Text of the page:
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Recent Examples on the Web: Adjective Democrats gave Pelosi a standing ovation as the final tally was annnounced, while the Republican side of the chamber was nearly empty. Alan Fram, BostonGlobe.com, "Pelosi narrowly reelected speaker, faces difficult 2021," 3 Jan. 2021 Like a diva performer who went on late but still earned a standing ovation, the Save Our Stages relief effort led by Minneapolis music venue First Avenue was finally greenlit over the weekend as part of the COVID-19 federal stimulus bill. Chris Riemenschneider, Star Tribune, "Congress agrees to $15 billion for Minnesota-led Save Our Stages effort," 21 Dec. 2020 Howie Mandel was moved, and gave the performance a standing ovation. Billboard Staff, Billboard, "10 Best 'AGT' Performances of 2020," 16 Dec. 2020 Louisiana pharmacist Dan Schneider deserves a standing ovation. Erin Jensen, USA TODAY, "More than just 'Tiger King': The 10 best true-crime docs of 2020 that share the crown," 12 Dec. 2020 For Nicklas Lidstrom, he was announced as the new captain on opening night in 2006, drawing a standing ovation. Helene St. James, Detroit Free Press, "With NHL season on horizon, Detroit Red Wings face mountain of questions," 9 Dec. 2020 Guaido was once seen as a promising figure for democracy in Venezuela, even receiving a standing ovation at Trump's State of the Union address earlier this year -- but global plaudits haven't helped him wrest actual control of the state from Maduro. Stephen Collinson And Stefano Pozzebon, CNN, "Everyone in Washington has Georgia on their mind," 7 Dec. 2020 With no fans in attendance, Marshall did not get the standing ovation UConn fans would likely haven given him, but his team gave him reason to be proud. Dom Amore, courant.com, "UConn men shake off rust, breeze past Central Connecticut 102-75 in opener," 25 Nov. 2020 McSally’s staff, along with at least 16 of her Republican and Democratic Senate colleagues, gathered in the small chamber to hear her remarks, which received a standing ovation. Yvonne Wingett Sanchez, The Arizona Republic, "'I gave it my all': Sen. Martha McSally says goodbye to the Senate in final floor speech," 19 Nov. 2020 Recent Examples on the Web: Noun Some cases were dismissed for lack of standing and others based on the merits of the voter fraud allegations. USA Today, "By the numbers: President Donald Trump's failed efforts to overturn the election," 6 Jan. 2021 Most were women, standing and shivering in twos and threes, some passing around heat packs to keep warm. Los Angeles Times, "Her #MeToo trial’s making history in China and sparking rare solidarity," 3 Dec. 2020 Pinterest shareholders sued the company in San Francisco federal court Monday, arguing a culture of harassment and discrimination has damaged the company’s financial standing and reputation. Chase Difeliciantonio, SFChronicle.com, "Shareholders sue Pinterest over alleged discrimination," 1 Dec. 2020 To be clear, this is not just about increasing compensation and benefits; this is also about replacing the stigma currently attached to manufacturing labor with the social standing and appreciation these essential workers deserve. Omar Asali For Cnn Business Perspectives, CNN, "US manufacturers have jobs to fill. Finding workers here at home is the problem," 24 Nov. 2020 That compromises the standing and effectiveness of these agencies. Arie Perliger, The Conversation, "Trump’s purge of defense agencies comes at a vulnerable time for US national security," 18 Nov. 2020 All applicants to the scholarship program must have an undergraduate degree and will be assessed based on their academic standing and musical abilities. Chris Eggertsen, Billboard, "Sony/ATV and Bleeding Fingers Music Announce USC Scholarship for Black Composers," 17 Nov. 2020 But the United States’ inability to bring its own coronavirus outbreak under control and its falling-out this year with the WHO may hurt American standing and influence in the months ahead. Washington Post, "Biden eager to jump back into coronavirus fight, but world is still smarting," 9 Nov. 2020 Midheaven, the top point in the chart that denotes public standing and affairs, as well as representing one’s career, is ruled by Mercury. Elizabeth Gulino, refinery29.com, "Mercury Retrograde Is Over — & Astrologers Say You’ll Feel It On US Election Day," 4 Nov. 2020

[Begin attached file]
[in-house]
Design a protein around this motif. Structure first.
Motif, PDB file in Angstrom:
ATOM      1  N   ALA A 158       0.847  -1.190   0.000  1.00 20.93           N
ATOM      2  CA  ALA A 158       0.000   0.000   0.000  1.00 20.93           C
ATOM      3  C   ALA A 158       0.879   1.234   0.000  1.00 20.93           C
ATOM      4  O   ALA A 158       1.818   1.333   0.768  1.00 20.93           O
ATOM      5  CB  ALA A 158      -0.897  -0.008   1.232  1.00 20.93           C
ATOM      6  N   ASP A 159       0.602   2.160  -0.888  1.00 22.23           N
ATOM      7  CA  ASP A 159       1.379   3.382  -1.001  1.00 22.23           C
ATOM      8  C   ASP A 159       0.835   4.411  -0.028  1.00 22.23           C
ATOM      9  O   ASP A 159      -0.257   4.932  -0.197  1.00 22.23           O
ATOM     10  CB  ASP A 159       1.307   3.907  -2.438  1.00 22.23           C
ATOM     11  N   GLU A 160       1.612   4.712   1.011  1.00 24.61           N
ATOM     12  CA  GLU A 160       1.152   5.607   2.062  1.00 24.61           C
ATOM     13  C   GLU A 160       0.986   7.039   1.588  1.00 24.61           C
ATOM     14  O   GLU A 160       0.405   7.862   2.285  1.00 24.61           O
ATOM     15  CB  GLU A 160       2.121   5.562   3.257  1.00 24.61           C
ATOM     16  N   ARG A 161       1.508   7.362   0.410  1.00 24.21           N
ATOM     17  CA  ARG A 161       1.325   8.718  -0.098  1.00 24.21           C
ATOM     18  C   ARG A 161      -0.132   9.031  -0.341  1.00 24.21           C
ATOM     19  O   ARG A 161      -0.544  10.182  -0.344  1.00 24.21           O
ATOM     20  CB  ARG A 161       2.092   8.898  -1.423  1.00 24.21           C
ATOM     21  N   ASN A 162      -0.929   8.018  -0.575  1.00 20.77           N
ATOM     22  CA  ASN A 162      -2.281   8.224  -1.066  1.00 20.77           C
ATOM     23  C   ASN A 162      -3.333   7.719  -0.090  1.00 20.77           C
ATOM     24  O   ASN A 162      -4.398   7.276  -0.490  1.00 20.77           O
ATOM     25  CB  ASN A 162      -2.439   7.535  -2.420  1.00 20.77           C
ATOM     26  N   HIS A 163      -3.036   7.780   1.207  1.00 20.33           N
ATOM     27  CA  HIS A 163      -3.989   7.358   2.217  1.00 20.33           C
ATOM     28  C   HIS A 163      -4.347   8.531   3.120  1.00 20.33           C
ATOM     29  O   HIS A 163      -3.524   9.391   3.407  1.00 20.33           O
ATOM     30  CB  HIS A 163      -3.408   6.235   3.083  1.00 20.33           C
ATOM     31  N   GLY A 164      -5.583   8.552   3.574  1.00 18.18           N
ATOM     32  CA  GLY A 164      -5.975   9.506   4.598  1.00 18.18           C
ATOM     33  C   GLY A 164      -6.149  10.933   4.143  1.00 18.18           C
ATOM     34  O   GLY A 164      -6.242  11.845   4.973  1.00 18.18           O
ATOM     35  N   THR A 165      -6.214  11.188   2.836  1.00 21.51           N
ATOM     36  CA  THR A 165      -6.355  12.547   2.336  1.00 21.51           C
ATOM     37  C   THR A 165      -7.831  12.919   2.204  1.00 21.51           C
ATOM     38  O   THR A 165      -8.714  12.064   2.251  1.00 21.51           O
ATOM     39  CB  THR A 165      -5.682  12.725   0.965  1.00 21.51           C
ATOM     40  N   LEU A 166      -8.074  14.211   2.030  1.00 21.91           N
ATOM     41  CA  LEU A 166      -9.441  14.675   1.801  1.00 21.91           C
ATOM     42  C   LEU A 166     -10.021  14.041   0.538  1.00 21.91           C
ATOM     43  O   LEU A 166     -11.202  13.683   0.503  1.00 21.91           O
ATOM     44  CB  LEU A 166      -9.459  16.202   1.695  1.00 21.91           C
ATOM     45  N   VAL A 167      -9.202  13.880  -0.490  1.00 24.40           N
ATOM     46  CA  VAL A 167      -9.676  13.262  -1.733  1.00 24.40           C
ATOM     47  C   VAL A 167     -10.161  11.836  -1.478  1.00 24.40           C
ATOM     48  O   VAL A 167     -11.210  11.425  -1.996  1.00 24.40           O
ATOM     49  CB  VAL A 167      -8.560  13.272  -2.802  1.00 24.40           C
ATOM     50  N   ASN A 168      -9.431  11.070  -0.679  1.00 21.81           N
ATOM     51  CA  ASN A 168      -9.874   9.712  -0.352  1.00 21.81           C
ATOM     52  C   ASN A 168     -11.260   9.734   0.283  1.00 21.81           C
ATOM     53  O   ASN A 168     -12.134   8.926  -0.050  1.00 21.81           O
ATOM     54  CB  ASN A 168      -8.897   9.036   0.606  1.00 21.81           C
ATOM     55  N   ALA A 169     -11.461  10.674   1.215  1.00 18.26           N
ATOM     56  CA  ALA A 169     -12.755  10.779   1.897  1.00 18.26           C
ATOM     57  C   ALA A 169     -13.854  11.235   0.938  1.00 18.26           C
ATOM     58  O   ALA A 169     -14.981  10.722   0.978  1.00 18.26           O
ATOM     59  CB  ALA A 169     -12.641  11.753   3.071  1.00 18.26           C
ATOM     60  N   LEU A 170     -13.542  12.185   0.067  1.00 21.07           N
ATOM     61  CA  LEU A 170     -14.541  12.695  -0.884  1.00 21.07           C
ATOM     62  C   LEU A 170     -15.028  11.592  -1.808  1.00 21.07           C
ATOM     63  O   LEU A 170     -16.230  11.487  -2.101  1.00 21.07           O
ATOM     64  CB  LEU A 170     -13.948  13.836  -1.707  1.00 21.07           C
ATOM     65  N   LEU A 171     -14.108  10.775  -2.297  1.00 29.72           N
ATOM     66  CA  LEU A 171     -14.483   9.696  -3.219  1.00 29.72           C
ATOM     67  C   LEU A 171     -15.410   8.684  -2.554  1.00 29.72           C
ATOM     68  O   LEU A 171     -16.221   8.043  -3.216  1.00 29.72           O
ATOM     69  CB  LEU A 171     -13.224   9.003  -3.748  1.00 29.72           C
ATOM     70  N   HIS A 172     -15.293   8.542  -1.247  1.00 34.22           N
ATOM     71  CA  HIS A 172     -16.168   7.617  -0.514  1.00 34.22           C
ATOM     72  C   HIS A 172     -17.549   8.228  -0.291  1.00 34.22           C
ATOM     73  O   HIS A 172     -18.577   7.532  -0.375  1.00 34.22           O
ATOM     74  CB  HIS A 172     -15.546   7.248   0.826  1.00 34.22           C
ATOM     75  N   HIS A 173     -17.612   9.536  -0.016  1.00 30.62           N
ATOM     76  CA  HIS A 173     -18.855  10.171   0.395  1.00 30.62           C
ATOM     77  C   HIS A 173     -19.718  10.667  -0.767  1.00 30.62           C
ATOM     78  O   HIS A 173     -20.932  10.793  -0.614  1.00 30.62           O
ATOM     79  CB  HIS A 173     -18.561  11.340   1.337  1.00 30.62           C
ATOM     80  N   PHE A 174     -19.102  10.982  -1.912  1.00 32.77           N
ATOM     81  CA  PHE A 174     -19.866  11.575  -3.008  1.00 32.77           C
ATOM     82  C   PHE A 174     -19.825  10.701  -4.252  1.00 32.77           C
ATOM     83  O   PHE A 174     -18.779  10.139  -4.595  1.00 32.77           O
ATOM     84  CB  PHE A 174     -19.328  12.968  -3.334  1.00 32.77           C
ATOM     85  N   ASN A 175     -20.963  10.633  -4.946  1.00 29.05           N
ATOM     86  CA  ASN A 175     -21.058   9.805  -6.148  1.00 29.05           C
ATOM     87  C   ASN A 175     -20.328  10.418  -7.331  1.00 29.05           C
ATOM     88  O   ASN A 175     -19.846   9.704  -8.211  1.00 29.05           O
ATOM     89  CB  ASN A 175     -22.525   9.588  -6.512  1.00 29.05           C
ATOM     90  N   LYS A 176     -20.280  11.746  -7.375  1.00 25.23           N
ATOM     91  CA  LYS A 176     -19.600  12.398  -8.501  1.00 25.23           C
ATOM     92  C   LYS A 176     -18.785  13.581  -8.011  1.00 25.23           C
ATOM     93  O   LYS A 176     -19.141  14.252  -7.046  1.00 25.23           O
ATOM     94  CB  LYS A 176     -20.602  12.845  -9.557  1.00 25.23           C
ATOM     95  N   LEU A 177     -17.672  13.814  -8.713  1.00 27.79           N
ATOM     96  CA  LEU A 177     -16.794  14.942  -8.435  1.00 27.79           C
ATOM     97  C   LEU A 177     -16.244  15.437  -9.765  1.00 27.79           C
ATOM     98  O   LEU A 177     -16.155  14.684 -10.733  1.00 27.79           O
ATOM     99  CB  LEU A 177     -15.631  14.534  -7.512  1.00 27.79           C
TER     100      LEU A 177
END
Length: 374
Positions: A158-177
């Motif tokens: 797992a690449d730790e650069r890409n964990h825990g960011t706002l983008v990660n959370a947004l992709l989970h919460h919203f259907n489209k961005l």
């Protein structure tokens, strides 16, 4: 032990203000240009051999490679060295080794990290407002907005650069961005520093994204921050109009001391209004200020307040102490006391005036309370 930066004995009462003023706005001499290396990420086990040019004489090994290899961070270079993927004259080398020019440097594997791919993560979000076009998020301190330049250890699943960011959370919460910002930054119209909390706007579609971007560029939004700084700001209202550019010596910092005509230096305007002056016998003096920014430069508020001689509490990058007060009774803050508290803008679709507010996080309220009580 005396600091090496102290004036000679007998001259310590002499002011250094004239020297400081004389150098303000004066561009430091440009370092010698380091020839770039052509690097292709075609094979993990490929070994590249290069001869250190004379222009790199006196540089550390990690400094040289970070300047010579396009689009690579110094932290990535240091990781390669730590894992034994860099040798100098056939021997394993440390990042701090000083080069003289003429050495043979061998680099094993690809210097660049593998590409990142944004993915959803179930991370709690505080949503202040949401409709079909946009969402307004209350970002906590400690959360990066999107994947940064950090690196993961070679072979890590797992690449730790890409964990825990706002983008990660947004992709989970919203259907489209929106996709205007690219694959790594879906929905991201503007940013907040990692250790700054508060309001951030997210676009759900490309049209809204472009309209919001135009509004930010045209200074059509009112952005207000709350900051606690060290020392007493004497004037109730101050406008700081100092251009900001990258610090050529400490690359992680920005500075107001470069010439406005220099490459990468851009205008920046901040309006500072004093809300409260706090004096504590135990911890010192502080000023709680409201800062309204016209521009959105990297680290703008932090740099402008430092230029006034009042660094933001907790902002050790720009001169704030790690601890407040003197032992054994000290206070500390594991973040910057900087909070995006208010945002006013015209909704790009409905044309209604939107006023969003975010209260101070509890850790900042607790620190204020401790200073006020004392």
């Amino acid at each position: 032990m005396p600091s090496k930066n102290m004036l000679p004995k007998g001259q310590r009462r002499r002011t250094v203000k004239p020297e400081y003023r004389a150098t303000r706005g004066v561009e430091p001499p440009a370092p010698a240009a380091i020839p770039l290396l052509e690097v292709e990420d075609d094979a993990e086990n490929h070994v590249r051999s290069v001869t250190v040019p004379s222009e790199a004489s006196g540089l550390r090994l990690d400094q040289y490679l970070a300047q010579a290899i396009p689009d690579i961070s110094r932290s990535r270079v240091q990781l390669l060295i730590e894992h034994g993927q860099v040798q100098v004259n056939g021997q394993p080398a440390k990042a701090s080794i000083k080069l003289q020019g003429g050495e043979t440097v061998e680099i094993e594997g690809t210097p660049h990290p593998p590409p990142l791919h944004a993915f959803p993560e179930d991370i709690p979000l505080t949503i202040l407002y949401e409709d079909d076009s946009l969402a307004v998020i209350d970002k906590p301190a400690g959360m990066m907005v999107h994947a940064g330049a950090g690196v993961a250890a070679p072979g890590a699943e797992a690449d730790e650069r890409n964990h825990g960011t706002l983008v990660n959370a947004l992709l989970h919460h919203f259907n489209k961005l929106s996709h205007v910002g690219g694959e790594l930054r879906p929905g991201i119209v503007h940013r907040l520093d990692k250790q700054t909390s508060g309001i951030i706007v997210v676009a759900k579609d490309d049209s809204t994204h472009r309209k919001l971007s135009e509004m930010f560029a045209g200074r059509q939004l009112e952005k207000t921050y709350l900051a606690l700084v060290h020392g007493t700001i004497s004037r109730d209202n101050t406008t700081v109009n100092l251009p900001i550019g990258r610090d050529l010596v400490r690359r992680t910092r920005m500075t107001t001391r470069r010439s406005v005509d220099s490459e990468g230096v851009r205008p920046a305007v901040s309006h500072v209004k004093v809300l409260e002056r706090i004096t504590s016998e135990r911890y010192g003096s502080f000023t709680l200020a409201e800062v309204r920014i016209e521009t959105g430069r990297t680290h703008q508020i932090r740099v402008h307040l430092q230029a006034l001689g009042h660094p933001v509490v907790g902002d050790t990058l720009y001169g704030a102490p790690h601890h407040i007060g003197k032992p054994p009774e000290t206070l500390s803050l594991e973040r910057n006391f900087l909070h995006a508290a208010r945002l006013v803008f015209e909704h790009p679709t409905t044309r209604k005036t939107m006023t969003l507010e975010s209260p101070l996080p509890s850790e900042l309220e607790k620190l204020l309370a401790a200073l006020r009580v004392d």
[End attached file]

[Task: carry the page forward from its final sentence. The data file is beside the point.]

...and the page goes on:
These example sentences are selected automatically from various online news sources to reflect current usage of the word 'standing.' Views expressed in the examples do not represent the opinion of Merriam-Webster or its editors. Send us feedback.